The Do’s And Don’ts Of PPC For Your eCommerce Business

Any marketing strategy is bound to be faced with a certain dilemma in 2021: what can be conducted in-house and what should be outsourced?


Ideally, the solution should be simple: whatever strategy brings the greatest return with the least expense. Unfortunately, launching paid campaigns can frequently mean relying on inadequate and outdated data, making any accurate estimate difficult. It can be even more difficult if you’re a new seller with an entirely new product line.


PPC may be one of the more successful and reliable paid advertising strategies in eCommerce, but sellers frequently assume it’s a one-size-fits-all solution. It isn’t. It’s just as subject to larger consumer trends as it is to the potential of your own sales niche. It’s been estimated that one third of consumers click on paid ads because they directly answer search queries. And while seasonal shifts, keyword ranking and changing attitudes undoubtedly influence your success in implementing it, PPC is a strategic process—not an end goal. Which means the constant refinement and testing of your paid campaigns.



Do: Conduct Preliminary Research Into Your Product Category

It’s common for many brands to assume new product launches will ultimately be a game changer in their niche. Sadly, that’s rarely the case. A recent Nielsen survey revealed that 42 percent of consumers are impacted by world events and economic factors in their purchases, forcing them to shy away from adopting new products. Your product may have the right price advantage. It may even be revolutionary. But does it directly answer current customer needs? What’s the long term impact it can make on the lives of your target audience? Are you recycling stale ideas or providing a product that’s fresh, vital and driven by consumer demand? Success relies as much on fulfilling customer needs as it does innovation. And without solid insight into both the success and failure rate of your product category, you’re merely second guessing your audience.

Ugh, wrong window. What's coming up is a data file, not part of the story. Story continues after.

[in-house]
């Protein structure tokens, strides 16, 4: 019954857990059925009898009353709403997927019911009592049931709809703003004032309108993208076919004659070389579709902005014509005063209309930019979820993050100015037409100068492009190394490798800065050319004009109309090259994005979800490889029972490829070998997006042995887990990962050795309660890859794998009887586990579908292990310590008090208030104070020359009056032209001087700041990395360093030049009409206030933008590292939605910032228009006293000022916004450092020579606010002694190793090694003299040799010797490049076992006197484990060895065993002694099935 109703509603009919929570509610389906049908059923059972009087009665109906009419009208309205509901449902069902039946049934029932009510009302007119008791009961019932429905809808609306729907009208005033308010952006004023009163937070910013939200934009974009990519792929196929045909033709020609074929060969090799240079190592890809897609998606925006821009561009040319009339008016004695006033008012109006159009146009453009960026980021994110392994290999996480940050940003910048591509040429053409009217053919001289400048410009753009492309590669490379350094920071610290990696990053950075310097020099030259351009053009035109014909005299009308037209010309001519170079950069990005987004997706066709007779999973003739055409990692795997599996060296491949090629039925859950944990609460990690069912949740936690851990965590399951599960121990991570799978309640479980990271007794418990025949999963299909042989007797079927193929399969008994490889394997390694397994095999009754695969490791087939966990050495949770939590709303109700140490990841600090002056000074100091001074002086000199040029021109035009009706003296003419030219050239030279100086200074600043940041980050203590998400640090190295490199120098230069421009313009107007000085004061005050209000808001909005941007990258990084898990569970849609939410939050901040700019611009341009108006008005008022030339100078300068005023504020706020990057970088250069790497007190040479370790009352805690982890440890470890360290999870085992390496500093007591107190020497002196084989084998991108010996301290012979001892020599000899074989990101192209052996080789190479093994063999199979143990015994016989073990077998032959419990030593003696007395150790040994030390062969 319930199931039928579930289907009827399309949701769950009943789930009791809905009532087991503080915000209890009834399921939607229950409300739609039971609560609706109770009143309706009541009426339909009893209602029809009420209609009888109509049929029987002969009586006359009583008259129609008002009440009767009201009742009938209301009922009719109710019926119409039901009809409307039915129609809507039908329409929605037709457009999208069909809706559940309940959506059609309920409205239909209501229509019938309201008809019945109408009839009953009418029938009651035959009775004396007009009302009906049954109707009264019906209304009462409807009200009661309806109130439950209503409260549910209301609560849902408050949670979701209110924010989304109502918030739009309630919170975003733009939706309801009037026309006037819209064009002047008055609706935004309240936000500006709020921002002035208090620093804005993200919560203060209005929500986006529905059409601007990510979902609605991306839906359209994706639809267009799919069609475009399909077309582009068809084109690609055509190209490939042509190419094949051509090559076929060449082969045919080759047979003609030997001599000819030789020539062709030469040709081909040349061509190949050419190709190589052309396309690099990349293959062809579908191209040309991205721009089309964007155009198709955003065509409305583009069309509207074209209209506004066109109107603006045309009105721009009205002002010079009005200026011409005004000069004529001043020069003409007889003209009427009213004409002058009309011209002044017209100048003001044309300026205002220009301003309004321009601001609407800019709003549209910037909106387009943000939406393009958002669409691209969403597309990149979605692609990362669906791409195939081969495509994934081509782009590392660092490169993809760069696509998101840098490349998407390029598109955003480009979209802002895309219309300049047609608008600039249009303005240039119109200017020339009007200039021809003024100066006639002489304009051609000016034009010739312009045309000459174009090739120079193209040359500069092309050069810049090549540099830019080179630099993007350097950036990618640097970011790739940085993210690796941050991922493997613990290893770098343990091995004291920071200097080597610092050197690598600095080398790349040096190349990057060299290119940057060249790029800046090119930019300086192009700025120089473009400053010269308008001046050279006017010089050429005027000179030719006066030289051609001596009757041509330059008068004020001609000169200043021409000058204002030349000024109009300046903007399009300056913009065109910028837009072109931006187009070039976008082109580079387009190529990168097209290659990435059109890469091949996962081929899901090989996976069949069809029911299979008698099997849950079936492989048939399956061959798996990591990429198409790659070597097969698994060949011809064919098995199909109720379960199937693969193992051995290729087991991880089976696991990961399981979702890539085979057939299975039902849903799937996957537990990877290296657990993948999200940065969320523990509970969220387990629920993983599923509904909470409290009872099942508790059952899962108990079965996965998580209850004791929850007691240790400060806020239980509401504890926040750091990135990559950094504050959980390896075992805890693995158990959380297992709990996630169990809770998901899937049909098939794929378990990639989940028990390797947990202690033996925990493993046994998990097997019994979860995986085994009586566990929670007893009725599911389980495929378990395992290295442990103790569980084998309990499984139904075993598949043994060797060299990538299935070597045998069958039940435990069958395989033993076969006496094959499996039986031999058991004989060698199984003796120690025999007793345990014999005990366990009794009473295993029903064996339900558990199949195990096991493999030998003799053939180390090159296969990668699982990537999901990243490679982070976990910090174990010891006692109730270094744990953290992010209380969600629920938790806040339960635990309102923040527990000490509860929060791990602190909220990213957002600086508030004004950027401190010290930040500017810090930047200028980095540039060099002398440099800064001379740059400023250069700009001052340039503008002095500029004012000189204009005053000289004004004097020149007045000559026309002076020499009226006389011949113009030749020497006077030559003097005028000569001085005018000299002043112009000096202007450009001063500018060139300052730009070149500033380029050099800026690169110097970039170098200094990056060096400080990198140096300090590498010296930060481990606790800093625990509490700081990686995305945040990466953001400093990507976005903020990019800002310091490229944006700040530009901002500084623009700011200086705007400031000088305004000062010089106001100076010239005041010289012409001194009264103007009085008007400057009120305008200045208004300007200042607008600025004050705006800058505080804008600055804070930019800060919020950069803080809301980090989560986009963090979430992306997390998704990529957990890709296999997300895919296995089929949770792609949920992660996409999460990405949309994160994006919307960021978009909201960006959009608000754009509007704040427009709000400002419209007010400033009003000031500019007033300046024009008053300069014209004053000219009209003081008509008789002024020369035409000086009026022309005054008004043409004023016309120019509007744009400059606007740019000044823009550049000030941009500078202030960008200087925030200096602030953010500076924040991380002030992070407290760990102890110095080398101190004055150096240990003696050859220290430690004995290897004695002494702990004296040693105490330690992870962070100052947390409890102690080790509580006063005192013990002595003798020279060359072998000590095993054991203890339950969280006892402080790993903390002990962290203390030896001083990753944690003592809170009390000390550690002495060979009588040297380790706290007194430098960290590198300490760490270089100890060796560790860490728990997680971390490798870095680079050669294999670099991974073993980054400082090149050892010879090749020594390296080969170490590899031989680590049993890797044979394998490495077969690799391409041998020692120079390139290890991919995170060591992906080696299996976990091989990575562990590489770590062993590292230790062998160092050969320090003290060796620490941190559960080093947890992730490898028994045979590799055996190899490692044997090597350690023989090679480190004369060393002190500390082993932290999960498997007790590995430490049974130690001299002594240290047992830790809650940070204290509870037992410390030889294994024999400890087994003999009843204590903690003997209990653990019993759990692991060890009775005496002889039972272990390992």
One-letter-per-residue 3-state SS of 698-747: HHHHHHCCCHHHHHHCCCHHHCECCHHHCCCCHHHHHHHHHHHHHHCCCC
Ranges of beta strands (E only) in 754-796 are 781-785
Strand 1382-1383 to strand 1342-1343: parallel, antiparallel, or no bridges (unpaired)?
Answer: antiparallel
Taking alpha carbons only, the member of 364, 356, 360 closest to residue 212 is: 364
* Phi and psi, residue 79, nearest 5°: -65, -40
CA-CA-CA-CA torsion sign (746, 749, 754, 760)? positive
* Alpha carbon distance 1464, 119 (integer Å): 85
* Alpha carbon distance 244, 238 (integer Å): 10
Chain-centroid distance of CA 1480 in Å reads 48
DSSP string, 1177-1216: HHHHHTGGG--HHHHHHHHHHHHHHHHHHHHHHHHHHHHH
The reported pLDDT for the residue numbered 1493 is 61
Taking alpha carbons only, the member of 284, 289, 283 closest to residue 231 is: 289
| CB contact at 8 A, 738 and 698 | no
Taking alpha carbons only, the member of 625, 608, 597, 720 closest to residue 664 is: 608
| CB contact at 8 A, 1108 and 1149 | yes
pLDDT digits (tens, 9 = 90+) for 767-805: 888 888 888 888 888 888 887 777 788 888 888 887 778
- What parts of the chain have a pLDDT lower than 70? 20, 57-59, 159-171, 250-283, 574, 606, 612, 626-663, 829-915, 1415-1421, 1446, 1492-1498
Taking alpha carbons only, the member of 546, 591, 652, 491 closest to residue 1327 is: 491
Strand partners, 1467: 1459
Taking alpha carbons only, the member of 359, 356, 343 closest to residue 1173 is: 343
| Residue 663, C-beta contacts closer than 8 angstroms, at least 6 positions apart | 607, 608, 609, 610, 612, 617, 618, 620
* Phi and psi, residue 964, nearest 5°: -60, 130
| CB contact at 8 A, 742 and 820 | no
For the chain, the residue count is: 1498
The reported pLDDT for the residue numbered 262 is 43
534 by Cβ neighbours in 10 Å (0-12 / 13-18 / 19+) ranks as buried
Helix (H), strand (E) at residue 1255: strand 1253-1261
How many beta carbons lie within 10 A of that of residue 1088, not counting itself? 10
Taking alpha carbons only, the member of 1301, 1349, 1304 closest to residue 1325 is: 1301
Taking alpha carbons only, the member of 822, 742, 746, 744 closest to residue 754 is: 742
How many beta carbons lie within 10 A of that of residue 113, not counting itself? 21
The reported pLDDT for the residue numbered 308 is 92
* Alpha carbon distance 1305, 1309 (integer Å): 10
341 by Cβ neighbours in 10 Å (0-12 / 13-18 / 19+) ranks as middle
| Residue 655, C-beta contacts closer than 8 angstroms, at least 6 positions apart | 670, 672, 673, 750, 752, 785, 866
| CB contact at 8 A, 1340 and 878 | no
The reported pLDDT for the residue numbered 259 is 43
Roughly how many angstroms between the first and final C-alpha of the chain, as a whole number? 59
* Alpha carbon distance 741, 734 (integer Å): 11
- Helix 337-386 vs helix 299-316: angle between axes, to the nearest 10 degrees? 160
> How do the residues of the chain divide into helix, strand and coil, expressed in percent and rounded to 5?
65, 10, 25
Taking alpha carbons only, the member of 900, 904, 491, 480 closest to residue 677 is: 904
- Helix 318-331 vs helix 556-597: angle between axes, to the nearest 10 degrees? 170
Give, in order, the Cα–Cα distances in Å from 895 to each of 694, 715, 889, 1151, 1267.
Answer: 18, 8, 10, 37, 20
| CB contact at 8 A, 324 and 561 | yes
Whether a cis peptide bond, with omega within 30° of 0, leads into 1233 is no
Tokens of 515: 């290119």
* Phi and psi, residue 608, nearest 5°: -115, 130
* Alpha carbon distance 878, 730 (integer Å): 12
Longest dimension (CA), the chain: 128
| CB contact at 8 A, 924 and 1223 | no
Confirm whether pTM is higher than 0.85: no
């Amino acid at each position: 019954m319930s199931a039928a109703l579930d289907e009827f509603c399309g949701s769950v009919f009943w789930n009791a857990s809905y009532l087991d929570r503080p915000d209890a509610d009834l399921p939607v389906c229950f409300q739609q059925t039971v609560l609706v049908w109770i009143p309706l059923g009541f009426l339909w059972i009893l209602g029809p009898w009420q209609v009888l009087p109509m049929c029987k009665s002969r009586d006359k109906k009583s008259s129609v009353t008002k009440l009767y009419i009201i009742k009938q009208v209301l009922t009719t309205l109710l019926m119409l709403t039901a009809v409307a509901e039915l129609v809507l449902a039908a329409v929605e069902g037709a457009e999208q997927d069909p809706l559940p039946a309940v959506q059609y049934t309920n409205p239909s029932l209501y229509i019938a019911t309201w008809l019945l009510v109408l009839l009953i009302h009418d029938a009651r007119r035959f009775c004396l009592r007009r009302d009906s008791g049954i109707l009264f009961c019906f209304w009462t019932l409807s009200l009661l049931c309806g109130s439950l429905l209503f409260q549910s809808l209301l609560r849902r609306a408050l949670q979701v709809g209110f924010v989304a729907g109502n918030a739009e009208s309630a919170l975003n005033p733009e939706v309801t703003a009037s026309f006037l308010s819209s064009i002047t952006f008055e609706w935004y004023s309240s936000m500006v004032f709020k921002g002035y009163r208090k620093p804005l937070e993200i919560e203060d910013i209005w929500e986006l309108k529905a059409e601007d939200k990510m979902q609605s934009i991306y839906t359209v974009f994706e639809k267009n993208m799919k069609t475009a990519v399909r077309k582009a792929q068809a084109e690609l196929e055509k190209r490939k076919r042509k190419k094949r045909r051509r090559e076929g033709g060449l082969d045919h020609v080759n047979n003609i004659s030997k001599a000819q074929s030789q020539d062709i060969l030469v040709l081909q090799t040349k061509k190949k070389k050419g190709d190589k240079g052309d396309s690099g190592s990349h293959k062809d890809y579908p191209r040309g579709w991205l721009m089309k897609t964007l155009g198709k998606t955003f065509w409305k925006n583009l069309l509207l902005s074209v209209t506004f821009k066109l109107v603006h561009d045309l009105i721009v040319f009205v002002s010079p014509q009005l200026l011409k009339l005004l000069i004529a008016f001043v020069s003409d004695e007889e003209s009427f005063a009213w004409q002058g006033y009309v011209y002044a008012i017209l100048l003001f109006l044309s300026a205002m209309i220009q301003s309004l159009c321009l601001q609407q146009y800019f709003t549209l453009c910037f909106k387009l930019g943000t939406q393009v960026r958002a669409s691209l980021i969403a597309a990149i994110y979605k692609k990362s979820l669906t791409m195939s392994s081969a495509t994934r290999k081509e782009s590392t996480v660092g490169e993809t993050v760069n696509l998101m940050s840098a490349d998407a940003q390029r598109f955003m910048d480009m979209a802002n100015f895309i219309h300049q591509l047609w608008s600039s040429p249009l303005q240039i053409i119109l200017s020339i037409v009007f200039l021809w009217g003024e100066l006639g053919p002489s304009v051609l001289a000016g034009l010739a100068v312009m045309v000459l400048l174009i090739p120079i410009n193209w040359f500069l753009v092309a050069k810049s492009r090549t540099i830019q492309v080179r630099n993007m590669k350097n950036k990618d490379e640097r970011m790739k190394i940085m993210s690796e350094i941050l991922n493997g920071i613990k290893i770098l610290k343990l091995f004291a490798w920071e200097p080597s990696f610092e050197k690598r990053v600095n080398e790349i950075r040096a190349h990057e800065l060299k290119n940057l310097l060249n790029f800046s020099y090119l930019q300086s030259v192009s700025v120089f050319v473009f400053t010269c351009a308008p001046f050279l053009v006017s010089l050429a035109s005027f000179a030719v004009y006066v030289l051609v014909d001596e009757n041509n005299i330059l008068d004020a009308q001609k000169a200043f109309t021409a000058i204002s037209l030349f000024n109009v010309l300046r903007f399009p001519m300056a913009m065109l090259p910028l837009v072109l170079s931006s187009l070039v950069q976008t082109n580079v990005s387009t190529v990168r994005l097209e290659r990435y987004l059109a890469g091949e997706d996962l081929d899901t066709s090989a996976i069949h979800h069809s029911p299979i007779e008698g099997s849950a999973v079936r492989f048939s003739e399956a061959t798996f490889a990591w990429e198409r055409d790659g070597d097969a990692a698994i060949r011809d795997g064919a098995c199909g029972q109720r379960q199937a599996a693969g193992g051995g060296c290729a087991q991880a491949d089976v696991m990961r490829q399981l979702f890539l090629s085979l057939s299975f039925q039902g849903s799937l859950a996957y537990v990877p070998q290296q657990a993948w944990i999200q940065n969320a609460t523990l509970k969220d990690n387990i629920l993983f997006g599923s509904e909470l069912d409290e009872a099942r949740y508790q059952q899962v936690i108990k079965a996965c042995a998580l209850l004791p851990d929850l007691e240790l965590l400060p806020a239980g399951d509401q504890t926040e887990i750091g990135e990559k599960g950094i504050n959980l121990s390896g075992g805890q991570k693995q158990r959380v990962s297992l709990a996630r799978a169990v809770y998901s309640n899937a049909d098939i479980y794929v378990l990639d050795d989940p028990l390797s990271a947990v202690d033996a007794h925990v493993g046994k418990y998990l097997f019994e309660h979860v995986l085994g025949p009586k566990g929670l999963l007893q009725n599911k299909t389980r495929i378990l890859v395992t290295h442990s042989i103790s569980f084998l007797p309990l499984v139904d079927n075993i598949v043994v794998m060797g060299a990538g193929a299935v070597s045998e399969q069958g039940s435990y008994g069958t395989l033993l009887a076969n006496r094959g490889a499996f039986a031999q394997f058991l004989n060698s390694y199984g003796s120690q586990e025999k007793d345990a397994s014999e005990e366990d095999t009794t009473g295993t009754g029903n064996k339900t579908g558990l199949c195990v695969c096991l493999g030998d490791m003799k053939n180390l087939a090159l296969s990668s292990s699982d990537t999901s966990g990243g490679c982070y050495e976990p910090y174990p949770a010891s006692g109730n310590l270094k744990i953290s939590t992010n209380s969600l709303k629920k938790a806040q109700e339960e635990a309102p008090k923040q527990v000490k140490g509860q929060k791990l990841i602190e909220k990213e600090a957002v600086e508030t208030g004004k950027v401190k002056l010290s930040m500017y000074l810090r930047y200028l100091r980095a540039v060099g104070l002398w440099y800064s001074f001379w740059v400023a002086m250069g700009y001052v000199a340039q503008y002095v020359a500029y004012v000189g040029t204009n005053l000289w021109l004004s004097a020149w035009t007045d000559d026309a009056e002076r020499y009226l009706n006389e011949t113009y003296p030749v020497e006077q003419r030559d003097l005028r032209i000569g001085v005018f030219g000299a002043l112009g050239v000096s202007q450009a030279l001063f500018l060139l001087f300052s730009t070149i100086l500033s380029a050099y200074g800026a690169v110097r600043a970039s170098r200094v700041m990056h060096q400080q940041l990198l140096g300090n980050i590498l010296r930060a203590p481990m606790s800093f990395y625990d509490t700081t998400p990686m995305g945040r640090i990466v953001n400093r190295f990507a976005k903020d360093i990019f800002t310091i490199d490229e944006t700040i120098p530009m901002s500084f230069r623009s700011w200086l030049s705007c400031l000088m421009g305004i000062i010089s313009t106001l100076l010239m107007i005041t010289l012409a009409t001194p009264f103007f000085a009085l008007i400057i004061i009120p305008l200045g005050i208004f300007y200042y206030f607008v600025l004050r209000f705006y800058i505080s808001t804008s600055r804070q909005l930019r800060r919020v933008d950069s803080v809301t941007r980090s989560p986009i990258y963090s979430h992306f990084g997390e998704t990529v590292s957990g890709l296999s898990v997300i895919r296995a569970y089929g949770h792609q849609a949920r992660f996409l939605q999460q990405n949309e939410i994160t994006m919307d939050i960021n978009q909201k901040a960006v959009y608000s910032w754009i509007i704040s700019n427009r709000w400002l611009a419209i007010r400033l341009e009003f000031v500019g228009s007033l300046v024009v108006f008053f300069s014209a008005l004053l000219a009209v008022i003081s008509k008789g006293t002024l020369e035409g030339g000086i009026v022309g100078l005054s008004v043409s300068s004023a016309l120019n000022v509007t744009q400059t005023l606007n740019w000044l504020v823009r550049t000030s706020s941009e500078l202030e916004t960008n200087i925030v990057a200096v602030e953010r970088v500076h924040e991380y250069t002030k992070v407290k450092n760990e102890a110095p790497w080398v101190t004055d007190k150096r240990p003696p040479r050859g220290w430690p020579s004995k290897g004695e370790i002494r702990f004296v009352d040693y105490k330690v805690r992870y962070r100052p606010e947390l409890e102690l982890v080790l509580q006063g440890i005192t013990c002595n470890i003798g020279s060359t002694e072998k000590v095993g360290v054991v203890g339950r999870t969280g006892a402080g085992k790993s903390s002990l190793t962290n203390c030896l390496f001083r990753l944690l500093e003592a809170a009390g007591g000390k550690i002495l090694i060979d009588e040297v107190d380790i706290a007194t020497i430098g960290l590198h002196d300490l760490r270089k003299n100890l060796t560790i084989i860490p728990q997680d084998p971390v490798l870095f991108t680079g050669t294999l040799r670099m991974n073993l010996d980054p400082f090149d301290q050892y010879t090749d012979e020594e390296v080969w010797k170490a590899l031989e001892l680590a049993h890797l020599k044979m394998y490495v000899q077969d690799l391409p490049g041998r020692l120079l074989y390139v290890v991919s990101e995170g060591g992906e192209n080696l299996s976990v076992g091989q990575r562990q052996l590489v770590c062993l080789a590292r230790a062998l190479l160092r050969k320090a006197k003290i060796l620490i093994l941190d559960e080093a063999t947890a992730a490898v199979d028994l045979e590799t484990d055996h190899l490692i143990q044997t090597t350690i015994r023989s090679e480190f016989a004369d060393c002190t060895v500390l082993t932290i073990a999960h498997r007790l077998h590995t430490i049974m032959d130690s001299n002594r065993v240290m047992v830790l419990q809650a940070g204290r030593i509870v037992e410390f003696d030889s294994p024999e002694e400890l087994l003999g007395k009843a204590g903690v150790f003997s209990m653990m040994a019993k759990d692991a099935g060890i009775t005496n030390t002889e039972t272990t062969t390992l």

Don’t: Assume Product Interest Will Remain Constant

One key mistake even seasoned e-tailers make is expecting consistency from eCommerce. Customer habits are constantly changing; and while the pandemic may have resulted in a record spike in digital commerce sales, purchasing behaviors can be driven by any number of seemingly random factors—from social influence to personal need. Sellers can’t always rely on the volume of their competitors as a gauge of their product line’s potential. Instead, emphasize what sets you apart when considering your paid campaigns. Focus on your unique strengths as much as current keyword trends. There’s a balance between both which can be found only if you employ foresight and discernment.



Do: Emphasize Both the Particular and the General in Your Keyword Research

A broad keyword pool won’t necessarily drive results. It might affect your visibility, but it’s more likely to present a challenge for customers with specific queries—your long term target audience. Eliminating broad match keywords and focusing on long tail search terms may ultimately reduce your spending but also increase the likelihood of constant monitoring and revision as search frequency results change. A mix of both general and specific search terms using negative keywords as a guide can drive an effective PPC strategy so long as each term is relevant to your product category.